Requirement engineering - Scanway

Requirement engineering

What is the requirement engineering and why is it a so important element of space projects?
Mikołaj Podgórski

COO Scanway

What if…

What if things in space broke down as often as our microwave, washing machine, or robot on a processing line in a factory?

Not-so-good things would happen, and this is best illustrated with a data example. In 2019, approximately 13 million microwaves were sold in the U.S., requiring replacement every 7-10 years on average, and 10 million washing machines replaced every 10 years on average. By analogy, in space: one of the world's industry leaders Satellogic has only sent 21 satellites in its entire history (or as many as), and Maxar has sent 4.

In case of home appliances failure, we lose some money and a lot of comfort. In the case of space products, we lose a huge amount of money and data, in addition to that - non-functioning space objects remain in space (no replacement available) and turn into nothing more than space trash, creating a serious hazard. Seeing the obvious difference in the level of loss, it is worth considering - how to prevent big space problems?

Inżynieria wymagań 3

The hardest part is the launch

The most complicated thing for space hardware is the launch itself. Sending anything even into LEO is associated with years of preparation and huge amounts of money - and that's basically what it is. The second and no less complicated thing is space itself. Gravity, vacuum, temperature, radiation - conditions definitely different from those on Earth. For example, all equipment sent into space should be adapted to work in a temperature range from -100 to 100 degrees Celsius.

Is space the most challenging environment for which humans build machines? No. There are places on Earth where conditions are even less friendly. For example, the ocean floor, where we struggle with pressures that require very advanced engineering solutions. Therefore, what is the most important in space projects is a new, open view. On the project itself, on the requirements, on instrumentation tests, on software, and even on the way of managing the project. Space challenges every obviousness and acting "by heart", regardless of the stage of the project, is usually harmful.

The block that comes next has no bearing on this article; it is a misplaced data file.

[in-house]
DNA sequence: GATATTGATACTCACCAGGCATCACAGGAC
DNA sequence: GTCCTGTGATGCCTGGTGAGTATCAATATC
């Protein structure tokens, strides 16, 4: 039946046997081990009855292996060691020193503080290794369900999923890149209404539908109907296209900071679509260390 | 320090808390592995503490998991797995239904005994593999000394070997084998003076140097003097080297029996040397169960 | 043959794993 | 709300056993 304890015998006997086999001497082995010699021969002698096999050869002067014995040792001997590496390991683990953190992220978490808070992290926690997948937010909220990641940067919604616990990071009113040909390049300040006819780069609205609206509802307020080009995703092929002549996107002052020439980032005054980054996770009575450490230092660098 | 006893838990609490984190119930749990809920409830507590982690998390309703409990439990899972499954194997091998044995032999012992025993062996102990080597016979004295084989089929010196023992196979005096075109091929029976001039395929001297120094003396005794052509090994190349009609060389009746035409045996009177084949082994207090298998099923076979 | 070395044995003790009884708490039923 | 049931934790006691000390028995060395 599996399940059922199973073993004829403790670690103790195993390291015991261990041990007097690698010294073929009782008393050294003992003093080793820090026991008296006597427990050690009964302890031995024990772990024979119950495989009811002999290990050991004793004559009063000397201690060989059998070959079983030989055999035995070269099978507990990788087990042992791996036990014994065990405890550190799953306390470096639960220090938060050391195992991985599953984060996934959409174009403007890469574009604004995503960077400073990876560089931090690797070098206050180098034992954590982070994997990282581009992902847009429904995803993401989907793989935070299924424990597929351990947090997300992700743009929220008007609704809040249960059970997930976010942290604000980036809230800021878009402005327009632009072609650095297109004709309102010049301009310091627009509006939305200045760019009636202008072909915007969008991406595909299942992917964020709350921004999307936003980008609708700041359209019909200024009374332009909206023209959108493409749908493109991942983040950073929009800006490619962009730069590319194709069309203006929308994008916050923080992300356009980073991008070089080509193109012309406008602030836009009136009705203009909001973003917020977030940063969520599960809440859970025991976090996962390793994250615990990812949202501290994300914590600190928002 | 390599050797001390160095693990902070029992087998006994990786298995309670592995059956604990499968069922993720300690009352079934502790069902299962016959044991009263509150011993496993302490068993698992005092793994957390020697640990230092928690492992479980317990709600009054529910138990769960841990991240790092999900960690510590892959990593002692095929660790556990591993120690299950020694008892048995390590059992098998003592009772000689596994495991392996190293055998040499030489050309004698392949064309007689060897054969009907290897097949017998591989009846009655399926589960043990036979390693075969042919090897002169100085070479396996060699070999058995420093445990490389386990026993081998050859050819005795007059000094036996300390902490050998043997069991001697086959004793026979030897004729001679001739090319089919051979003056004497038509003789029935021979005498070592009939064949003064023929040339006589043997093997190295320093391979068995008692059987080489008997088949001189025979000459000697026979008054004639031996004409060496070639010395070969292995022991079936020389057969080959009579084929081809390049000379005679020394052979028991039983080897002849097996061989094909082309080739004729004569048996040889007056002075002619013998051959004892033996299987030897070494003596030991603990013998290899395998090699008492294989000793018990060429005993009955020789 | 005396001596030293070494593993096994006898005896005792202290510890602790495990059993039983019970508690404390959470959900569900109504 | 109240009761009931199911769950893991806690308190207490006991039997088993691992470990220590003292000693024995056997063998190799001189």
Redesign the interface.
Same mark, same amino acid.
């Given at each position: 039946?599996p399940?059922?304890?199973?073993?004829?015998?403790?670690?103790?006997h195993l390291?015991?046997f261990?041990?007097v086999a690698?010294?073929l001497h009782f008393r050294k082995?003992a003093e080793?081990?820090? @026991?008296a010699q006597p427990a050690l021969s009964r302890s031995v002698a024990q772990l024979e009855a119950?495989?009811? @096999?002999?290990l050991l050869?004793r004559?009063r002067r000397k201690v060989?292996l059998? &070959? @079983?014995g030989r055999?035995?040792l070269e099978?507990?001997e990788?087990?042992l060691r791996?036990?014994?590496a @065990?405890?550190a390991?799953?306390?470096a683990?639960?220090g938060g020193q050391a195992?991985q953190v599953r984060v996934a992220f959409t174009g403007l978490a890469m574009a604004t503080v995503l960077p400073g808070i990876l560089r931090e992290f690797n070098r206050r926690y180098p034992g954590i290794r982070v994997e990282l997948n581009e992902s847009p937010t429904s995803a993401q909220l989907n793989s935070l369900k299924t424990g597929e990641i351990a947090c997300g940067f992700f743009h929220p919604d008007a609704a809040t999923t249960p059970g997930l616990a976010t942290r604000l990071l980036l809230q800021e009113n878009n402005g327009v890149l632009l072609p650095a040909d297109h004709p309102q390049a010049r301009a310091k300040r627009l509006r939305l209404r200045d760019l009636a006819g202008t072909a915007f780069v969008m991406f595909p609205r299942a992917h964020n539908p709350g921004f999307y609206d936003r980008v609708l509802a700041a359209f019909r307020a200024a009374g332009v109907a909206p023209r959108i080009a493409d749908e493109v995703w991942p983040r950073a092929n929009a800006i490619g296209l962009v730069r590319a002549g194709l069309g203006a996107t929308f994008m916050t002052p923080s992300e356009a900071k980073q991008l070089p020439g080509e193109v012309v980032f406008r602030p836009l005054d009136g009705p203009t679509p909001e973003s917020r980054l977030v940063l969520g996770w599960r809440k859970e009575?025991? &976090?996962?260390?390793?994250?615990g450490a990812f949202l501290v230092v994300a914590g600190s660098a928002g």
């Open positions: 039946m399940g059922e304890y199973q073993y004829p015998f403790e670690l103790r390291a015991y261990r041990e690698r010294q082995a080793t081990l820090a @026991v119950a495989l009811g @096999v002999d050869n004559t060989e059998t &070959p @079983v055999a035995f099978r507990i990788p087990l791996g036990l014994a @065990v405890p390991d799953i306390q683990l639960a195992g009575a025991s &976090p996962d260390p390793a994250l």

Tests are the most important

Statistically, most failures appear during the first year of equipment presence in space. The causes are varied: electronic, mechanical, soft. About 17% of the causes are failures defined as "unidentified". Since the space industry is not a place to learn from mistakes, the most important part of any space project are (or at least should be) requirements and testing.

The requirements (functional, performance, or design) are largely formed by the conditions in which the device will work. Space itself dictates a lot of them, and we should also add those defined by the nature of the payload. So it is not difficult to imagine a list of requirements for a satellite that is several full pages long - and that is, among other things: a sign of a well-recognized environment and clearly defined requirements. Fortunately, we can count on support in the field of defining and verifying requirements. Our space project will be taken care of by, among other things: external reviewers who will regularly review and redefine the predefined requirements.

But listing requirements is not the key to accomplishing them. They need to be constantly verified - in tests, checks, trials, and inspections. Such "training" not only allows you to note errors and learn as the project progresses - but it also provides a sense of order, eliminates many fears, and allows for comprehensive risk management. Testing is almost the most important part of creating any space project. No matter how many times we test a given element - there will always be not enough. No matter how many scenarios we consider, something may happen that we were not able to predict. The universe still knows how to surprise us, but the most important thing is to surprise us in what we couldn't predict despite our efforts.

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